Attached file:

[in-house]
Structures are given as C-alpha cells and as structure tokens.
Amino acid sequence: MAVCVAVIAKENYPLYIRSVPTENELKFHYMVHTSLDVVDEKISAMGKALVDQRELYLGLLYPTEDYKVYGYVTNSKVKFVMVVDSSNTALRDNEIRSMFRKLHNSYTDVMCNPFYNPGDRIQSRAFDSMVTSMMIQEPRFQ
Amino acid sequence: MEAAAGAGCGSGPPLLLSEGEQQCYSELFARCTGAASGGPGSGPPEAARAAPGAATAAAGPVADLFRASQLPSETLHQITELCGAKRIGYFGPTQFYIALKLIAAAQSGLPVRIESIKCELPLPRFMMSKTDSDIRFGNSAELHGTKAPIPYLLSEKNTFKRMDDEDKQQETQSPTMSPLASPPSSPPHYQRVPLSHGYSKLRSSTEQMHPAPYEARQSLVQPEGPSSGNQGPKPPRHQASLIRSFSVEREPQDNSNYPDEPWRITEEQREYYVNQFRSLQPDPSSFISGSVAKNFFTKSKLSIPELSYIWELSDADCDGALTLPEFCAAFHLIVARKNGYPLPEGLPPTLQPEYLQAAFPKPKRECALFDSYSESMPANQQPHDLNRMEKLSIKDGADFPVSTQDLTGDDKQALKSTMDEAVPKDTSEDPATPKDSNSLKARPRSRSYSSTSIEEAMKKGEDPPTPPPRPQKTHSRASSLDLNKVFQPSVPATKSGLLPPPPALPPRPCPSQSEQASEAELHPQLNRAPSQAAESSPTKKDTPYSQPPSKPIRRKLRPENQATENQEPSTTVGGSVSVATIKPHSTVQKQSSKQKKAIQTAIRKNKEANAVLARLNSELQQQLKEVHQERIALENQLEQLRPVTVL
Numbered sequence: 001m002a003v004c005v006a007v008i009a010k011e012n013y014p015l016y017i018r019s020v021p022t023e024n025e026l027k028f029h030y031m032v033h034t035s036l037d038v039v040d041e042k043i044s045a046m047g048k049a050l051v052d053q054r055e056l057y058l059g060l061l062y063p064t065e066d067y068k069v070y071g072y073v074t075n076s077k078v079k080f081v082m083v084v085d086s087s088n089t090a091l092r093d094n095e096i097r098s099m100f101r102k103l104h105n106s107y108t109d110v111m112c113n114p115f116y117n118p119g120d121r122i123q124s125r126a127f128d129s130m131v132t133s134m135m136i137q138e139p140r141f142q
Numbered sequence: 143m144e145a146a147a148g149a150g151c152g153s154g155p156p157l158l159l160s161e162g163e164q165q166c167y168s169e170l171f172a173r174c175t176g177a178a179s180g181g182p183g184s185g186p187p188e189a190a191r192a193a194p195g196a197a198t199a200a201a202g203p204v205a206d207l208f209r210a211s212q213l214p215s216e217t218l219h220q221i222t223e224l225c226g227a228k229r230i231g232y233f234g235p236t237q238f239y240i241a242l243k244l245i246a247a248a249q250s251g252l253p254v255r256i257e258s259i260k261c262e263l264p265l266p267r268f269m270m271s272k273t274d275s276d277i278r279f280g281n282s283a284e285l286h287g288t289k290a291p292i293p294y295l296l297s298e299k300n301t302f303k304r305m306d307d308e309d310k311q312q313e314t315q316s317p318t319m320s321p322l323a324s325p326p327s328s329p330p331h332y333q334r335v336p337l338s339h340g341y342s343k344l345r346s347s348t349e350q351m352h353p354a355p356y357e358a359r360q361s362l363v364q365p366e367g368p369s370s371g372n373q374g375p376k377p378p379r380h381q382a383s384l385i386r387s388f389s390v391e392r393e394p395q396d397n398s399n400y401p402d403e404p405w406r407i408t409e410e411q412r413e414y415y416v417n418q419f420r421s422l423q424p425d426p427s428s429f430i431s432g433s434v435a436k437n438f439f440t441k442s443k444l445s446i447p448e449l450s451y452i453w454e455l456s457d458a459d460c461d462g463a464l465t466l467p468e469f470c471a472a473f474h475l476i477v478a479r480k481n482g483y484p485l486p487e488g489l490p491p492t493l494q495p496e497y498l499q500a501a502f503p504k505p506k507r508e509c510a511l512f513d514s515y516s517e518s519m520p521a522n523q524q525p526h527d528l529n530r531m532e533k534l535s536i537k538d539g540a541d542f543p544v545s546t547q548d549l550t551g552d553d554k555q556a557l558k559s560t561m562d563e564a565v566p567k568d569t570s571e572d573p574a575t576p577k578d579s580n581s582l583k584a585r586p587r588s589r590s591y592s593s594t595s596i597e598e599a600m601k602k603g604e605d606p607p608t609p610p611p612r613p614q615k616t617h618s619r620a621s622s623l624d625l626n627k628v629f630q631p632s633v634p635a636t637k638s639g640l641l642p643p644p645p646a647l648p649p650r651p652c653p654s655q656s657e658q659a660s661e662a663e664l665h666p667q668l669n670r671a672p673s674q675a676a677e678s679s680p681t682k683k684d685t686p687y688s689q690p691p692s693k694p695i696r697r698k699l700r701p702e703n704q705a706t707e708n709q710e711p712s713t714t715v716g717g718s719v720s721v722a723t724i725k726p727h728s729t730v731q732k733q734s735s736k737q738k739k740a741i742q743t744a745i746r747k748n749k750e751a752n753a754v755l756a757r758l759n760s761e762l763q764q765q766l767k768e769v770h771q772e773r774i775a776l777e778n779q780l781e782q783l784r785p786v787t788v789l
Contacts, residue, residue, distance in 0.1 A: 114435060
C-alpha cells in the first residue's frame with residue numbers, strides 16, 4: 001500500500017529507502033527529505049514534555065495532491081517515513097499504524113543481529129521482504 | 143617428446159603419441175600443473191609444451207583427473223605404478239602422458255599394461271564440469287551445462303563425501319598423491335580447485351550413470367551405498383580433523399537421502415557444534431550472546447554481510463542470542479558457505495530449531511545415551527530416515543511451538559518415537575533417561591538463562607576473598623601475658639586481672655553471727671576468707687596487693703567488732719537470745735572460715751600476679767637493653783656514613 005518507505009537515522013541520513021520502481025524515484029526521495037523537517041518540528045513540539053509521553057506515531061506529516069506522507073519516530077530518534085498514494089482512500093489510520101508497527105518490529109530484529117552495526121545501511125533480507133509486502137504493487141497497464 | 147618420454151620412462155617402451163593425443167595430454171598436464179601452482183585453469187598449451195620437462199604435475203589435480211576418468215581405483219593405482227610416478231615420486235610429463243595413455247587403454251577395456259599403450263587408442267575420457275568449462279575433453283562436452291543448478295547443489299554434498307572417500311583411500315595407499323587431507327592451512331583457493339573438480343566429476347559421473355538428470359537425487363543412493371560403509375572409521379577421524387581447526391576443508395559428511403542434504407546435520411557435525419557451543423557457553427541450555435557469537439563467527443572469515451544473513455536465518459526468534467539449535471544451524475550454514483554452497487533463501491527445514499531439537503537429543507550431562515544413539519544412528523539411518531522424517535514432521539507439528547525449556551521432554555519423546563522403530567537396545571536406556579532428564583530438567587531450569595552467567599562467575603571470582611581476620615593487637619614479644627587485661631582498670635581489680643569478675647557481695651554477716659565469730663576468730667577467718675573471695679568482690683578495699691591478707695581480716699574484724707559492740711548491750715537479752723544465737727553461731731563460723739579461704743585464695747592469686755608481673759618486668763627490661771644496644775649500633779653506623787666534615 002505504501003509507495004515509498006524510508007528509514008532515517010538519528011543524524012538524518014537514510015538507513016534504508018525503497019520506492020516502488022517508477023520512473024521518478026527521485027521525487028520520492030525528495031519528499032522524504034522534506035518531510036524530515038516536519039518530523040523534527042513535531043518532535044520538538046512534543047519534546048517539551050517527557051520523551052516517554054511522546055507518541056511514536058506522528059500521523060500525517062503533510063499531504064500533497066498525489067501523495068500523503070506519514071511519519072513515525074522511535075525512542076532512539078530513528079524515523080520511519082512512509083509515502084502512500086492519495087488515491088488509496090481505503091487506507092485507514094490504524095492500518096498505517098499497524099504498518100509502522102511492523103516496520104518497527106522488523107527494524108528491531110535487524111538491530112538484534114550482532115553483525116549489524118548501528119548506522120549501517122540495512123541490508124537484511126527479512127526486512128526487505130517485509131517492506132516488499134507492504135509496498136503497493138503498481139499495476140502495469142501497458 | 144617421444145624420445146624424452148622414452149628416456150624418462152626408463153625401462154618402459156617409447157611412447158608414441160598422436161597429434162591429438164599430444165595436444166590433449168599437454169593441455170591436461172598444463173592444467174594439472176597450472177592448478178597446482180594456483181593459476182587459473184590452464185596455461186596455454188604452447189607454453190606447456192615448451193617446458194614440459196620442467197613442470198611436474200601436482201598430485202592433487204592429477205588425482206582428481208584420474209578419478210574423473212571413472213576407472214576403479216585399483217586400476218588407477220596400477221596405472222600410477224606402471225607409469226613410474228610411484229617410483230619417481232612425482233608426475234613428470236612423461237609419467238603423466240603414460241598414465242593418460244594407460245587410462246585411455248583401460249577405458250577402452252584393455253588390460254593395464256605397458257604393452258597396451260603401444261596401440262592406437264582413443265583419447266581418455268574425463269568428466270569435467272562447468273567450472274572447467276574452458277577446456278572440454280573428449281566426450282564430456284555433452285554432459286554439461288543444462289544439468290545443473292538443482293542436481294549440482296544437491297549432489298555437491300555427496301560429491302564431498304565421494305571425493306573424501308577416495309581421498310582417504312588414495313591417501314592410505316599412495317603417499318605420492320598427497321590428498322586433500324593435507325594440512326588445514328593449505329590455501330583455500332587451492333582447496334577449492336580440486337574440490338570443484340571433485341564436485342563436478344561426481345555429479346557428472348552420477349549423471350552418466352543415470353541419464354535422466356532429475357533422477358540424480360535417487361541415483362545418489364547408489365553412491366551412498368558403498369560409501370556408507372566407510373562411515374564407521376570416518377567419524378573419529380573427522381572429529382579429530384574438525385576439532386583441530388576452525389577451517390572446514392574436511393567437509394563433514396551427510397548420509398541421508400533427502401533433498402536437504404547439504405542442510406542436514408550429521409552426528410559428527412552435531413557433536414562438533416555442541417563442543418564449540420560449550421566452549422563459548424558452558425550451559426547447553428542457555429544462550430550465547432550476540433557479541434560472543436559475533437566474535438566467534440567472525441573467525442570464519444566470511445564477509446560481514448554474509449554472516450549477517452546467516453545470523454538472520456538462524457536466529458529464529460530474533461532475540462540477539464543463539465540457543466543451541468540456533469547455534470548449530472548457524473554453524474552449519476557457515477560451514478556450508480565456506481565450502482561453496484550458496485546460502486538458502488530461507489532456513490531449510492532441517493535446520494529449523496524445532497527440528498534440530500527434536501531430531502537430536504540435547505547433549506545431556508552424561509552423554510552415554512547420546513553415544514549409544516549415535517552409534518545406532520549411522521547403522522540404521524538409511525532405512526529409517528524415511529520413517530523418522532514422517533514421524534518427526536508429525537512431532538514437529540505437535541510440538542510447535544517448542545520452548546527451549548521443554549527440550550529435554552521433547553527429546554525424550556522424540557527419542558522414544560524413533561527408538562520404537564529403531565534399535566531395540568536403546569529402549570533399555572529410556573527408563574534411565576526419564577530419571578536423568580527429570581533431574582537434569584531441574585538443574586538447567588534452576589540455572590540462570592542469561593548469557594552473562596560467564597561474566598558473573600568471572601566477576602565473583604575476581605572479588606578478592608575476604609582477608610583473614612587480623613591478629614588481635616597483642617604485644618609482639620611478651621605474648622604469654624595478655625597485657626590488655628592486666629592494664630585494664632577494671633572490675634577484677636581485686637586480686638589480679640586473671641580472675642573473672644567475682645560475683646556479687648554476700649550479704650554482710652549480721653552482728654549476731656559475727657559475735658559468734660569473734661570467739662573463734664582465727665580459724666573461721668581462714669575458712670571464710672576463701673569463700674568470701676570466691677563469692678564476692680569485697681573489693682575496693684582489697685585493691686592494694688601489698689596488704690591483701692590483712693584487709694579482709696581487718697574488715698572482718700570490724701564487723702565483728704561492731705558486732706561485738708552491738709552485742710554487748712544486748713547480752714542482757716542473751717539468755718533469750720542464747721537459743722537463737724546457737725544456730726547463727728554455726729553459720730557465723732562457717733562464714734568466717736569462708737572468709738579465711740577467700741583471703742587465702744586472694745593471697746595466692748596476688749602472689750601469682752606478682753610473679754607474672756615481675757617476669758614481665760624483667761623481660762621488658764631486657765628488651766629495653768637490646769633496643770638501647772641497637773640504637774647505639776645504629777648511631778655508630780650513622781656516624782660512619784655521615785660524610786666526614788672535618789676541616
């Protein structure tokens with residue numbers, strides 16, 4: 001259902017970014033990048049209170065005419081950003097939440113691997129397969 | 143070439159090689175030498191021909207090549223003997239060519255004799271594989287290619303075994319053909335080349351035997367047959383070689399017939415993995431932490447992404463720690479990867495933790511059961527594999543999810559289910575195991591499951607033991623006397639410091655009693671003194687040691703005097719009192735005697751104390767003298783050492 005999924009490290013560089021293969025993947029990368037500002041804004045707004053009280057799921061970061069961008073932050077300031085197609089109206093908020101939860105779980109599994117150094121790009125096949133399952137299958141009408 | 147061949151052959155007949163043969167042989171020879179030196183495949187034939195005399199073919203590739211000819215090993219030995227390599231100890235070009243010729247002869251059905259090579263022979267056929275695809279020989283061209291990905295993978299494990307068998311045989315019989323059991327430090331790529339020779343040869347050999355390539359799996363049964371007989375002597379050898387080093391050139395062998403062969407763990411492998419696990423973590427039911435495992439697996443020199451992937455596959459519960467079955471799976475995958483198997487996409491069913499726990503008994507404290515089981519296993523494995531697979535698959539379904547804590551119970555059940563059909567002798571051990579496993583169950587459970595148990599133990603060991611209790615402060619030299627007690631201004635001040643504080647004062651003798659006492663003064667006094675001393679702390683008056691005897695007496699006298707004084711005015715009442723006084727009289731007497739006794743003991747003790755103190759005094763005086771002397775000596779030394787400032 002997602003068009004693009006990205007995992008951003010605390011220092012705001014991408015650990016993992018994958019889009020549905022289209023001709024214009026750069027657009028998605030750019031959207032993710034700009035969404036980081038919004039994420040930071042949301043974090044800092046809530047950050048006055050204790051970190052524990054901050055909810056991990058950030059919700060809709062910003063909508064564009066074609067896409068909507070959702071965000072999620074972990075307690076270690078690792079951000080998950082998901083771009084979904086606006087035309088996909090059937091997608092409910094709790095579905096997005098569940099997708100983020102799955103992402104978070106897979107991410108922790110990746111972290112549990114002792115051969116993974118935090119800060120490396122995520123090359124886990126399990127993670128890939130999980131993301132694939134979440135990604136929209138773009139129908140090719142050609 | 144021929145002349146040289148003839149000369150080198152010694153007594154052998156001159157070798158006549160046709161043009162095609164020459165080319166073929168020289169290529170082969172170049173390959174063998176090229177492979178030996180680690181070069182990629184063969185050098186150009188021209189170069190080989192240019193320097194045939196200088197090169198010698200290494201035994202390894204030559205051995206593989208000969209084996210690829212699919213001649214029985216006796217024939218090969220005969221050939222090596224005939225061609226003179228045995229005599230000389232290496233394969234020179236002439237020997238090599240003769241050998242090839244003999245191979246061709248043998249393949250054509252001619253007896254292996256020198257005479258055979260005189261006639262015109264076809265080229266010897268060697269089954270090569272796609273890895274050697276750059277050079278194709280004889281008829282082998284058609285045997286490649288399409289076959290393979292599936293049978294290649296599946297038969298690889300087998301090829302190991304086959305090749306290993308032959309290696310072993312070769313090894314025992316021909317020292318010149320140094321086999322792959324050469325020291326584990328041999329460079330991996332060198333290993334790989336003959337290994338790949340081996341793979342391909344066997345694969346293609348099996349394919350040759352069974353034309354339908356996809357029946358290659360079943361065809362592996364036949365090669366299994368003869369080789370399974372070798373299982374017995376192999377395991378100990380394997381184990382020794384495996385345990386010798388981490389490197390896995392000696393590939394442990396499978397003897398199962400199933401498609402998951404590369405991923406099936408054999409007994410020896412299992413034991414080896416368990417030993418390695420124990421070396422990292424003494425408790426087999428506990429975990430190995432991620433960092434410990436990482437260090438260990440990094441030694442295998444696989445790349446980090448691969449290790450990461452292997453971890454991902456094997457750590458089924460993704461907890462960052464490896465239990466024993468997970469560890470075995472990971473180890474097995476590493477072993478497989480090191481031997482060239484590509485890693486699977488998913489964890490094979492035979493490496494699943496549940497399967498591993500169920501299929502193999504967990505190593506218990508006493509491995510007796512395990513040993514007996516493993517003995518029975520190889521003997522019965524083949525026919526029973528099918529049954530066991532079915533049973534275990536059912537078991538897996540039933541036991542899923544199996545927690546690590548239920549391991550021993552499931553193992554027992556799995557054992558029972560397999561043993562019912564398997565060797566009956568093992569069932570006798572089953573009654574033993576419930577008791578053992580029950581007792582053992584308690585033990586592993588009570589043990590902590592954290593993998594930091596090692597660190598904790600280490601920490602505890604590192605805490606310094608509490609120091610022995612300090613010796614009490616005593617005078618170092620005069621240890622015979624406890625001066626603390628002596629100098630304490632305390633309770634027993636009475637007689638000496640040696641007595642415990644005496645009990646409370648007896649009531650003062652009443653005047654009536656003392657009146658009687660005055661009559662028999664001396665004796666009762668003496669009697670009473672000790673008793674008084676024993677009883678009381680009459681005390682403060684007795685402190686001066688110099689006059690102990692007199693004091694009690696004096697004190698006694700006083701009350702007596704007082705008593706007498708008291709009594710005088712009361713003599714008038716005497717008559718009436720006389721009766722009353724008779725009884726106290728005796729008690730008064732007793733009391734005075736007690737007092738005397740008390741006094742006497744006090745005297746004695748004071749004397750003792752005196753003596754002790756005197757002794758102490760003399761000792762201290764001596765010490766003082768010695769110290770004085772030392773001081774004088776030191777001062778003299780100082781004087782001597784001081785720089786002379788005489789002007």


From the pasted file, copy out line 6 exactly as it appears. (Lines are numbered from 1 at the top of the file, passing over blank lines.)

Numbered sequence: 143m144e145a146a147a148g149a150g151c152g153s154g155p156p157l158l159l160s161e162g163e164q165q166c167y168s169e170l171f172a173r174c175t176g177a178a179s180g181g182p183g184s185g186p187p188e189a190a191r192a193a194p195g196a197a198t199a200a201a202g203p204v205a206d207l208f209r210a211s212q213l214p215s216e217t218l219h220q221i222t223e224l225c226g227a228k229r230i231g232y233f234g235p236t237q238f239y240i241a242l243k244l245i246a247a248a249q250s251g252l253p254v255r256i257e258s259i260k261c262e263l264p265l266p267r268f269m270m271s272k273t274d275s276d277i278r279f280g281n282s283a284e285l286h287g288t289k290a291p292i293p294y295l296l297s298e299k300n301t302f303k304r305m306d307d308e309d310k311q312q313e314t315q316s317p318t319m320s321p322l323a324s325p326p327s328s329p330p331h332y333q334r335v336p337l338s339h340g341y342s343k344l345r346s347s348t349e350q351m352h353p354a355p356y357e358a359r360q361s362l363v364q365p366e367g368p369s370s371g372n373q374g375p376k377p378p379r380h381q382a383s384l385i386r387s388f389s390v391e392r393e394p395q396d397n398s399n400y401p402d403e404p405w406r407i408t409e410e411q412r413e414y415y416v417n418q419f420r421s422l423q424p425d426p427s428s429f430i431s432g433s434v435a436k437n438f439f440t441k442s443k444l445s446i447p448e449l450s451y452i453w454e455l456s457d458a459d460c461d462g463a464l465t466l467p468e469f470c471a472a473f474h475l476i477v478a479r480k481n482g483y484p485l486p487e488g489l490p491p492t493l494q495p496e497y498l499q500a501a502f503p504k505p506k507r508e509c510a511l512f513d514s515y516s517e518s519m520p521a522n523q524q525p526h527d528l529n530r531m532e533k534l535s536i537k538d539g540a541d542f543p544v545s546t547q548d549l550t551g552d553d554k555q556a557l558k559s560t561m562d563e564a565v566p567k568d569t570s571e572d573p574a575t576p577k578d579s580n581s582l583k584a585r586p587r588s589r590s591y592s593s594t595s596i597e598e599a600m601k602k603g604e605d606p607p608t609p610p611p612r613p614q615k616t617h618s619r620a621s622s623l624d625l626n627k628v629f630q631p632s633v634p635a636t637k638s639g640l641l642p643p644p645p646a647l648p649p650r651p652c653p654s655q656s657e658q659a660s661e662a663e664l665h666p667q668l669n670r671a672p673s674q675a676a677e678s679s680p681t682k683k684d685t686p687y688s689q690p691p692s693k694p695i696r697r698k699l700r701p702e703n704q705a706t707e708n709q710e711p712s713t714t715v716g717g718s719v720s721v722a723t724i725k726p727h728s729t730v731q732k733q734s735s736k737q738k739k740a741i742q743t744a745i746r747k748n749k750e751a752n753a754v755l756a757r758l759n760s761e762l763q764q765q766l767k768e769v770h771q772e773r774i775a776l777e778n779q780l781e782q783l784r785p786v787t788v789l